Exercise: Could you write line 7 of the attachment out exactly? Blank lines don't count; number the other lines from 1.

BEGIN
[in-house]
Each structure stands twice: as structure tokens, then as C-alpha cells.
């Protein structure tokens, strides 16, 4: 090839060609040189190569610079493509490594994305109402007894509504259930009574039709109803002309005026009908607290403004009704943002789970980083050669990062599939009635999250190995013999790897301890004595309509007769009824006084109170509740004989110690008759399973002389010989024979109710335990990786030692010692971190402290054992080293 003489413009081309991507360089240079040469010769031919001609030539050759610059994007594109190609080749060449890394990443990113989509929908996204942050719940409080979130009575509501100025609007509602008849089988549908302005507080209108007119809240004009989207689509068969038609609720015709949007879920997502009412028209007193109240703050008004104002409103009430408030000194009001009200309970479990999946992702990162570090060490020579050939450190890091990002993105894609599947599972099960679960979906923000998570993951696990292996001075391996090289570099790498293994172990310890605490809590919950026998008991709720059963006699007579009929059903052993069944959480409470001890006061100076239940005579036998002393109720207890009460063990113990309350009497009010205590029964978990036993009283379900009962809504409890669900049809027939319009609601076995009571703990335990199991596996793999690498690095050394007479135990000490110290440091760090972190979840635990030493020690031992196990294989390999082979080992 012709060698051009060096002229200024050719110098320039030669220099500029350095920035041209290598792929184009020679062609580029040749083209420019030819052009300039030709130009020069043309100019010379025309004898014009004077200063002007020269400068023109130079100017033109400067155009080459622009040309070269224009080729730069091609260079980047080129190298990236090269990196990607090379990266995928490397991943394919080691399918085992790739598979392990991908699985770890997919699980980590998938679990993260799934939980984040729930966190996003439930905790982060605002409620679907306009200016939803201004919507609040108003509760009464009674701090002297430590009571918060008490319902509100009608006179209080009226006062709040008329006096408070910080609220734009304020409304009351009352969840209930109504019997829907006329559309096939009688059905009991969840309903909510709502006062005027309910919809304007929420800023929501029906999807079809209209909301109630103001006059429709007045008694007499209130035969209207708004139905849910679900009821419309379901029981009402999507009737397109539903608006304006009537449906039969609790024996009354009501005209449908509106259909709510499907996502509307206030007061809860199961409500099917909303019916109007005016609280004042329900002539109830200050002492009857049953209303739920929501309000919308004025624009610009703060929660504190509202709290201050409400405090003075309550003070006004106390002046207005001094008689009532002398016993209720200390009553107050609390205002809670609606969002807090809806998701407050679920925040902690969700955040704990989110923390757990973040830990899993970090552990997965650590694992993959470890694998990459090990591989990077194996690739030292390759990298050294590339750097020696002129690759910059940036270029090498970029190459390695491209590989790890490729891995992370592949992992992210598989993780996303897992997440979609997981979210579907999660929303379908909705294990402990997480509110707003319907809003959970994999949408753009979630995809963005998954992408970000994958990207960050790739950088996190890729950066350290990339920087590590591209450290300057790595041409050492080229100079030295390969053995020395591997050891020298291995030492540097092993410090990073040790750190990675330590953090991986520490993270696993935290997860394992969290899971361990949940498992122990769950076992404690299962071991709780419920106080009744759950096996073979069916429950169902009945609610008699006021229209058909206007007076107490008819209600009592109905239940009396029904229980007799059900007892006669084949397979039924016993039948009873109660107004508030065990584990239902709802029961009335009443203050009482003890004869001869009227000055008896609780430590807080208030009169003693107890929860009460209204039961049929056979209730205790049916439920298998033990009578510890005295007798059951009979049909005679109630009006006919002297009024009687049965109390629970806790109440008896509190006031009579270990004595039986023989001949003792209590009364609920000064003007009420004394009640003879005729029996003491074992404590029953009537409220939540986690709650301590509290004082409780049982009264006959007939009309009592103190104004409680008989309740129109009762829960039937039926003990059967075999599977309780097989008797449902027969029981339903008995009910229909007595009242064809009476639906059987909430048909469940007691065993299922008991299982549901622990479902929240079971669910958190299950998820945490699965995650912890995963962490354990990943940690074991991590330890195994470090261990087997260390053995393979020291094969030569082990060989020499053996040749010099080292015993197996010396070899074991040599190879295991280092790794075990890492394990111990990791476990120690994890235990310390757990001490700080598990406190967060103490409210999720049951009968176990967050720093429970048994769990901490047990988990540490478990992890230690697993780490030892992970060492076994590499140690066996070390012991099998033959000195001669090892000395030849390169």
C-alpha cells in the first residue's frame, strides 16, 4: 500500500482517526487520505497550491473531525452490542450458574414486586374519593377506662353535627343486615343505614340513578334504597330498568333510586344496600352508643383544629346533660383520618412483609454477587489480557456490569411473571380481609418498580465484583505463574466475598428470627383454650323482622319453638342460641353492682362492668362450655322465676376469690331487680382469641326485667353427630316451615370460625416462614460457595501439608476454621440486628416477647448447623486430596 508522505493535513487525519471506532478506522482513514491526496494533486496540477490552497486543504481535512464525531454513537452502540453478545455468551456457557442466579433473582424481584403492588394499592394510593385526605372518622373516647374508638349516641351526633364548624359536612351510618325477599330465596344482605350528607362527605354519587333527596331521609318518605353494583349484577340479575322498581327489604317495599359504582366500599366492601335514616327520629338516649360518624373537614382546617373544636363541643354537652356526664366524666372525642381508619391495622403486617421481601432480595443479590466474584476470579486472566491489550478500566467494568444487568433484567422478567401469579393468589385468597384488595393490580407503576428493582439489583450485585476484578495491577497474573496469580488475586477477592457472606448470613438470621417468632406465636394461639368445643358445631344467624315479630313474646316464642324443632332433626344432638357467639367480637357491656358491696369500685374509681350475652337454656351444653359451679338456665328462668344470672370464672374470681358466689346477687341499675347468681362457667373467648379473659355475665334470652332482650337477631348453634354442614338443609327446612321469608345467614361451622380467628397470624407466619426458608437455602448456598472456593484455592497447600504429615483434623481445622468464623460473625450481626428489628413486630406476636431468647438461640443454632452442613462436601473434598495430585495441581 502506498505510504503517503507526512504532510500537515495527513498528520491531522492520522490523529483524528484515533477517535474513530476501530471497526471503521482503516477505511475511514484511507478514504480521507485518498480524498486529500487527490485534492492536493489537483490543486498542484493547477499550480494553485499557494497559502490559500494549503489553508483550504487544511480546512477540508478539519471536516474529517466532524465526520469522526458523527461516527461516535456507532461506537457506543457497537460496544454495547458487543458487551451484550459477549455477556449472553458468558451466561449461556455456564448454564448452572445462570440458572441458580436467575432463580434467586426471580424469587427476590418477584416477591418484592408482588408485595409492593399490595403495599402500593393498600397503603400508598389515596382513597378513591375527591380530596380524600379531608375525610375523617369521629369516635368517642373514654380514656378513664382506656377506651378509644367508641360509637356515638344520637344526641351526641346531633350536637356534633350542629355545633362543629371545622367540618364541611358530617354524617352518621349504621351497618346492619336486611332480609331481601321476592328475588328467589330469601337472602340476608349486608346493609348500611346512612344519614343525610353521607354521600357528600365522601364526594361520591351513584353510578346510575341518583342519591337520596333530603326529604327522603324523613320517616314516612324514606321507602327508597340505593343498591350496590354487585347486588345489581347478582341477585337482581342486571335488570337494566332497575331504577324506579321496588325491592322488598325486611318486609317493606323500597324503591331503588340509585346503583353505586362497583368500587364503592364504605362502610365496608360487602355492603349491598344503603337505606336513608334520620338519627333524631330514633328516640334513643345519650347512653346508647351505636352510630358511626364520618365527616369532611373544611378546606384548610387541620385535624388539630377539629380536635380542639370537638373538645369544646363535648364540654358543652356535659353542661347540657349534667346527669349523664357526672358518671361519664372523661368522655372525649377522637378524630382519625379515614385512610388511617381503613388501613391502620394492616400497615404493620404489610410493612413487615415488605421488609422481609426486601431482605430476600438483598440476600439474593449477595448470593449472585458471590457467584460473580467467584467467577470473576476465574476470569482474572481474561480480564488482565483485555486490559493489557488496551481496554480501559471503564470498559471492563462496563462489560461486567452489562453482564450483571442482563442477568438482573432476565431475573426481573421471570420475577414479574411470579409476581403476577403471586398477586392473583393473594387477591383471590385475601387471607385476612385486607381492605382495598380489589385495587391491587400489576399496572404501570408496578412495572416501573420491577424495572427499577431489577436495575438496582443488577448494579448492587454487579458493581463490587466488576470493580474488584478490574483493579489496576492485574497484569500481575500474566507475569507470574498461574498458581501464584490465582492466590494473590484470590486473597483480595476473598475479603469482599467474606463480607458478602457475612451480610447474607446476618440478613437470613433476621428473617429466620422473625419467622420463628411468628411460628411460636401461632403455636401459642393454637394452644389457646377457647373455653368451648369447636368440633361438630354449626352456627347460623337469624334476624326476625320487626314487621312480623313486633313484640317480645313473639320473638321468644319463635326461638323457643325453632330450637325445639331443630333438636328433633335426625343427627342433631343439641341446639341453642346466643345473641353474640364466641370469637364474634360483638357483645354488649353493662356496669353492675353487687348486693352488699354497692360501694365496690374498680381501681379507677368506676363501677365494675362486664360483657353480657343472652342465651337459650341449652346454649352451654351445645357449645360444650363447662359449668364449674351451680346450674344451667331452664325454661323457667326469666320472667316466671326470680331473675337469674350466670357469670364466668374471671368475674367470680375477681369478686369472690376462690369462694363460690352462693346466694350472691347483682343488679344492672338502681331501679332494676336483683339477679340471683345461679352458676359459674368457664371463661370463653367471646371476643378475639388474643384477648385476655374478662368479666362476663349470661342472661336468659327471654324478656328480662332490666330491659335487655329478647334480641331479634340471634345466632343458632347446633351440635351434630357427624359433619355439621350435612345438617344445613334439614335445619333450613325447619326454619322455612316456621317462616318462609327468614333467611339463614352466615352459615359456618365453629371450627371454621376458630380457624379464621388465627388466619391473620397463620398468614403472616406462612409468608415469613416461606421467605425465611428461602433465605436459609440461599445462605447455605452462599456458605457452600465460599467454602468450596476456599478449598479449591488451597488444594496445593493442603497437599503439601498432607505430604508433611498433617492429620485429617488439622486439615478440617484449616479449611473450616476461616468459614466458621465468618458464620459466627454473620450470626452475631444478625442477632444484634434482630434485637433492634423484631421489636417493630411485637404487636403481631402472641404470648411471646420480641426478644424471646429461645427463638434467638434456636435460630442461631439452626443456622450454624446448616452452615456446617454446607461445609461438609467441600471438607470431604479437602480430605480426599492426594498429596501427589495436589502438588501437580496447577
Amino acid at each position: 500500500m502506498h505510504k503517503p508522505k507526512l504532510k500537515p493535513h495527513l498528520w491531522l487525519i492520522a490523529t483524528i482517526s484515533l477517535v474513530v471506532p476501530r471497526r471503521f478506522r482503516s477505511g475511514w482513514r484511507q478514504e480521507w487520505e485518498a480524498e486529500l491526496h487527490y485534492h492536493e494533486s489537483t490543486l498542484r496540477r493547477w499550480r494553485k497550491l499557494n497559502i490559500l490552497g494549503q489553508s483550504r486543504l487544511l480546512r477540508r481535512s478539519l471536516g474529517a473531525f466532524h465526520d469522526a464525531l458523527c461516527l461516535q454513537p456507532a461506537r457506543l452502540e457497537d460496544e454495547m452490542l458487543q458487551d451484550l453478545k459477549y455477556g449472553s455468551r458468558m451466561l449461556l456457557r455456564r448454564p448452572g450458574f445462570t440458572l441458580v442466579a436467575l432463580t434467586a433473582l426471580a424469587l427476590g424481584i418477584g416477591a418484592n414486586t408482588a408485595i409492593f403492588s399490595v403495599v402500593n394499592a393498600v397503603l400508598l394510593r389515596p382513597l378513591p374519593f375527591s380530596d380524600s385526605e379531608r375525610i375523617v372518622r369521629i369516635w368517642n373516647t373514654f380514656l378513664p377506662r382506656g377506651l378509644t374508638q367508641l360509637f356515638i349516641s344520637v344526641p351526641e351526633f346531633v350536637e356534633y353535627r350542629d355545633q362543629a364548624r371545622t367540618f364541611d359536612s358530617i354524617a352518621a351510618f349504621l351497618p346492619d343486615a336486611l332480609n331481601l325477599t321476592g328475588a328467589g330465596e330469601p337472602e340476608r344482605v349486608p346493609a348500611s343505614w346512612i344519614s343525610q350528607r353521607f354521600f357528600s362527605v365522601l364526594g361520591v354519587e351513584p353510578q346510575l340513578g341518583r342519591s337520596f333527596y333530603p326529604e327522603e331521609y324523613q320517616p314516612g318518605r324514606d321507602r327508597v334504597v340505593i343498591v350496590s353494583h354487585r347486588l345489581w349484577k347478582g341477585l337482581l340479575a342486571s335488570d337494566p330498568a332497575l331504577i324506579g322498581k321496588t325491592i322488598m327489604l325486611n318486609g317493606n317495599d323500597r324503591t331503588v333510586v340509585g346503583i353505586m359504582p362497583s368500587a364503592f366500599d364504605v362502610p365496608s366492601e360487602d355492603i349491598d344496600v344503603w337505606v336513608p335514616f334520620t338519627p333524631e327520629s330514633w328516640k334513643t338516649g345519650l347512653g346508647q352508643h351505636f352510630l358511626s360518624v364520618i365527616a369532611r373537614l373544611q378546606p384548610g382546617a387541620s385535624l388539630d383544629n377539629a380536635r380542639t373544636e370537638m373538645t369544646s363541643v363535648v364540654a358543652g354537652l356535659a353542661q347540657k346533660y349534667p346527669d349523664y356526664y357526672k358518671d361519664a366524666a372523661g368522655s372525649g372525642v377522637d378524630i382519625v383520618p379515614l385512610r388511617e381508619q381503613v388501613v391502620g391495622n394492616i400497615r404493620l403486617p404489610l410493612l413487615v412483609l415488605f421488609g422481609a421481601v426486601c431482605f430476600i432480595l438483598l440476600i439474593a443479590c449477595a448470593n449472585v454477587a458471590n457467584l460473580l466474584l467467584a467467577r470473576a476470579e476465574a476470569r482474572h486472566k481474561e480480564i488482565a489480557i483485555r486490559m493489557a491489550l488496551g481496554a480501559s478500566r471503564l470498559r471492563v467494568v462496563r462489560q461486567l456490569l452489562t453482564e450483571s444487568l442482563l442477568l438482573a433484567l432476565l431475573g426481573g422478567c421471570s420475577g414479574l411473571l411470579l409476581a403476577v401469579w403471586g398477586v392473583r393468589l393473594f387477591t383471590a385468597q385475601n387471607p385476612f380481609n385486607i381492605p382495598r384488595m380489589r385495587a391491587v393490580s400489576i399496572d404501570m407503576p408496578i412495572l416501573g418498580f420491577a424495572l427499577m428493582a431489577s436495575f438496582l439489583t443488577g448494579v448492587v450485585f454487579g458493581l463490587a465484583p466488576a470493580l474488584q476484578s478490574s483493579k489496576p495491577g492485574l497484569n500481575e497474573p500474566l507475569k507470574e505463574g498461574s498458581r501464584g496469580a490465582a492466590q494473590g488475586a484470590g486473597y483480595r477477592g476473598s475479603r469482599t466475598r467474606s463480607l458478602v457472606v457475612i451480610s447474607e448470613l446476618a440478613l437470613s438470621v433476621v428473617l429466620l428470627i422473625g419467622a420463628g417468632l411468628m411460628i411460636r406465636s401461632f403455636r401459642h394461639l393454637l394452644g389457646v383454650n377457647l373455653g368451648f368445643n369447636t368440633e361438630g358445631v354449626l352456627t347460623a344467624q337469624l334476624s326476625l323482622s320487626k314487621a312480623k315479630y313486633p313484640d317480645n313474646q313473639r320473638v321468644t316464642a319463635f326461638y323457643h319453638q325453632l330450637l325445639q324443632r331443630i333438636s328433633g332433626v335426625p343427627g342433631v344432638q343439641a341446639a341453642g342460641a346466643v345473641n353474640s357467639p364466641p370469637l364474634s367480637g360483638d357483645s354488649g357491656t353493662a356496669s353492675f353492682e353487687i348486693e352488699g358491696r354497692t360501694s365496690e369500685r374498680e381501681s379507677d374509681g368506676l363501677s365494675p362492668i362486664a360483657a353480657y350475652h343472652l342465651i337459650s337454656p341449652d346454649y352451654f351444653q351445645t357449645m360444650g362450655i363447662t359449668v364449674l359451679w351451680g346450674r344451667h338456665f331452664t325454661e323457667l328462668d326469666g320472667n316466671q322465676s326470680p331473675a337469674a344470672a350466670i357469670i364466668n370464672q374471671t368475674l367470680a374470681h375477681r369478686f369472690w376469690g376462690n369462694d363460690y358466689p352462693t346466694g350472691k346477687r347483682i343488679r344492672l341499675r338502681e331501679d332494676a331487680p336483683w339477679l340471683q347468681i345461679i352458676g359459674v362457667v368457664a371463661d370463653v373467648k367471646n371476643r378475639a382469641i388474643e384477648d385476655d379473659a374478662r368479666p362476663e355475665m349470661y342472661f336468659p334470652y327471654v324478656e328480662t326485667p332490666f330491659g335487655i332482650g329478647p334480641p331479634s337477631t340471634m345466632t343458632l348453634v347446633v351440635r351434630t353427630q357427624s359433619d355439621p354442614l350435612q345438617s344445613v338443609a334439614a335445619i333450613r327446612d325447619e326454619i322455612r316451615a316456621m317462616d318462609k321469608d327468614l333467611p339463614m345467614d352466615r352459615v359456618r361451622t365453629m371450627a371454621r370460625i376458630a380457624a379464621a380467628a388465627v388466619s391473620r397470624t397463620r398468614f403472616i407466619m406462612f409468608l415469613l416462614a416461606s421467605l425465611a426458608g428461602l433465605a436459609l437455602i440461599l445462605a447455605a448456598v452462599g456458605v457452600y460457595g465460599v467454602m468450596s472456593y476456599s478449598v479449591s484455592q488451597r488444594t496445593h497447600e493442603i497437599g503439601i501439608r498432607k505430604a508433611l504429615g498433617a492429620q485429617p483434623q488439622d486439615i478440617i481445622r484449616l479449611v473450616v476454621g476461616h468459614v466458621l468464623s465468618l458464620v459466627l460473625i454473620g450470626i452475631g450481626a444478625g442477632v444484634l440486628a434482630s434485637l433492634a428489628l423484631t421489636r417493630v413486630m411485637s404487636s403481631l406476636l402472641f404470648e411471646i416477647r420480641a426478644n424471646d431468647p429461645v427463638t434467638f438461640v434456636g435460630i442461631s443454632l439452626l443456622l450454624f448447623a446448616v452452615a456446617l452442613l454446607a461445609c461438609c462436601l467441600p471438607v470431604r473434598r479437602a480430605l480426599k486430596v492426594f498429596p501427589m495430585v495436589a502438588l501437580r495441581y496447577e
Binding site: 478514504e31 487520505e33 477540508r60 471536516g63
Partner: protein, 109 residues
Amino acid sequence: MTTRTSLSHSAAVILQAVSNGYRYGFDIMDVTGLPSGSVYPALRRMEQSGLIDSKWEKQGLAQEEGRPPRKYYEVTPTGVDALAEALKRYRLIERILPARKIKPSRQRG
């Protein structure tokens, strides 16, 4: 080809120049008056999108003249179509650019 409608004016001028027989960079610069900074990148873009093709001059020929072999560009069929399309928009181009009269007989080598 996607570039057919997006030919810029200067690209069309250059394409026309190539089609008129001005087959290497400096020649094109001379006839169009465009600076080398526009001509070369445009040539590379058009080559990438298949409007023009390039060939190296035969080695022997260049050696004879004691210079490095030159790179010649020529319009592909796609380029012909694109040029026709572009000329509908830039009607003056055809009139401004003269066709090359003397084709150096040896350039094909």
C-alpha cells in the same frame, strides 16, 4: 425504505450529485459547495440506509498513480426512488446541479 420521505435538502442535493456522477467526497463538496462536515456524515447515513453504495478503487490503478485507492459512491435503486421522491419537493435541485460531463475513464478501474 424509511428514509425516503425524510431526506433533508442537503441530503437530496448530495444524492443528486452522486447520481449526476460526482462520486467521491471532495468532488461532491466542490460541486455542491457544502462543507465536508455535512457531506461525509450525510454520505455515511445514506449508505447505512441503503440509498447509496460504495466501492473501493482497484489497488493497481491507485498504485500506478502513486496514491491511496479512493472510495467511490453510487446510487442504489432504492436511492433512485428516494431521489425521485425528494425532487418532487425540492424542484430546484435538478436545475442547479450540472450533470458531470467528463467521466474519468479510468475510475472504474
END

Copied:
Partner: protein, 109 residues